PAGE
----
Somewhat overstated perhaps but I believe till this day that had I affiliated myself instead to a party of the ruling coalition, or stood with the powers that be in condemning the victim, the reaction would have been somewhat more circumscribed than what it had been. Indeed we are a feudal society with feudalistic instincts and mindset. It was okay to identify with the ruling parties but not the opposition. Somehow the ruling parties were reckoned to be more legitimate than the opposition.
Yes the establishment of the Christian community was right on principle to stand on neutral grounds. But alongside that principle, I suspect there was also an element of fear. Fear of the powers that be. Perhaps even the fear of losing some “favours” considered important to the Christian community. But neutrality is not an excuse to see, feel, think or do nothing about issues of nation-building, justice and peace. (These and other issues I hope to address in future postings.)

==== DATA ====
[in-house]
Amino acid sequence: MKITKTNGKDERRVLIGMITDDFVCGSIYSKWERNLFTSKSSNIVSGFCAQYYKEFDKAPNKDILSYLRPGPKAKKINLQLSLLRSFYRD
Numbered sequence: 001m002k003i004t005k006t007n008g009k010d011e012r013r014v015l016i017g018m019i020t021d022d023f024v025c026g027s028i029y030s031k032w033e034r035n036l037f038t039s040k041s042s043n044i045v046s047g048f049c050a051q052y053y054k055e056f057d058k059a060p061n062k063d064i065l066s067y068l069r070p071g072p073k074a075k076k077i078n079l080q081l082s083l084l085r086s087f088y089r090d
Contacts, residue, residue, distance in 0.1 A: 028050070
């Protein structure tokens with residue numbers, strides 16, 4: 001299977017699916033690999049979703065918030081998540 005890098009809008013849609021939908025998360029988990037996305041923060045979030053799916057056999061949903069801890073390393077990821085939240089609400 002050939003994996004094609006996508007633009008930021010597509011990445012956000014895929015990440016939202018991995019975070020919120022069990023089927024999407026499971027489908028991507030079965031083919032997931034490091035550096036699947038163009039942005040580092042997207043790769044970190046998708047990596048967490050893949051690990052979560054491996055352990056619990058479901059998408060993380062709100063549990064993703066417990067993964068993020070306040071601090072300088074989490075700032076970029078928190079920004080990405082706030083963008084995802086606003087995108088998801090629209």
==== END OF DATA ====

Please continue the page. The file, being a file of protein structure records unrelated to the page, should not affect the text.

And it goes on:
But a few long-term friends understood, a few others were willing at least to withold judgement. I got a card from someone important to me which said, “Do you know how special you are?” at a time when I was certainly not feeling special at all!
Having divested myself from most of the offices I held within the Christian institutions, I went deeper into the movement with my new-found friends, my new responsibilities, my newly-added mission.
The effect of this was that I was no longer just reading about the news, I was with my friends in the know of what was making the news, knowing the truth behind the headlines.
I always thank God and praise Him for the privilege of meeting so many reformists, fellow strugglers, fellow Malaysians of all races, religion and occupation from all over the land. We are friends forever.
But being green and raw and perhaps somewhat ill-advised we were humbled at the 1999 general elections followed by a membership adjustment when a whole lot of colleagues left us en masse upon the decision to merge with another party.
Then followed the 2004 general elections where we were humbled even further. By which time, the analysts and commentors and the ruling coalition were ready to scornfully proclaim us as dead and irrelevant. In fact on hindsight it was a rather useful time for our movement to rediscover, rejuvenate and reinvent itself under the radar as it were.
Fast forward again and just weeks ago, my wife and I was in some seaside kampung sitting beside the new MP of Kuantan and her husband and grandchildren, meeting with thousands of ordinary folks from all walks of life who came to greet her and receive her thanks for their support.